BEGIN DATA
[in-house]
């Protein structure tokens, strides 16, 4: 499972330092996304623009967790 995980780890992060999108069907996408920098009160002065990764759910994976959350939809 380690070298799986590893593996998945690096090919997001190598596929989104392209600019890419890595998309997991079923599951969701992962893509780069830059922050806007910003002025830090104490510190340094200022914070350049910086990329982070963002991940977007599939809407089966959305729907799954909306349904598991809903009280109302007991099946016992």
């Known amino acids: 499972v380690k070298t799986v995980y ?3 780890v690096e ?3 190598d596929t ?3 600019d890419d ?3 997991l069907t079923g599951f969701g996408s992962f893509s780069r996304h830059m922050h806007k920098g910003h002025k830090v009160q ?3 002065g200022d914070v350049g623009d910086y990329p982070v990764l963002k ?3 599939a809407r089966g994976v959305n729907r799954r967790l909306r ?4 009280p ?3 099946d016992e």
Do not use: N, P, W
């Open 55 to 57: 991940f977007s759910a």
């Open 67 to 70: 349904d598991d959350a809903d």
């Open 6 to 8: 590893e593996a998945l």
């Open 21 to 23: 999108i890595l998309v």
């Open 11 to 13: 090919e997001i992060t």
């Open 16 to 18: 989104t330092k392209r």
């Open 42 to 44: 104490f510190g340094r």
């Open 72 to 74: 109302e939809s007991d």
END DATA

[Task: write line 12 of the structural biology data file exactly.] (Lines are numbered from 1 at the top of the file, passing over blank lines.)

């Open 72 to 74: 109302e939809s007991d």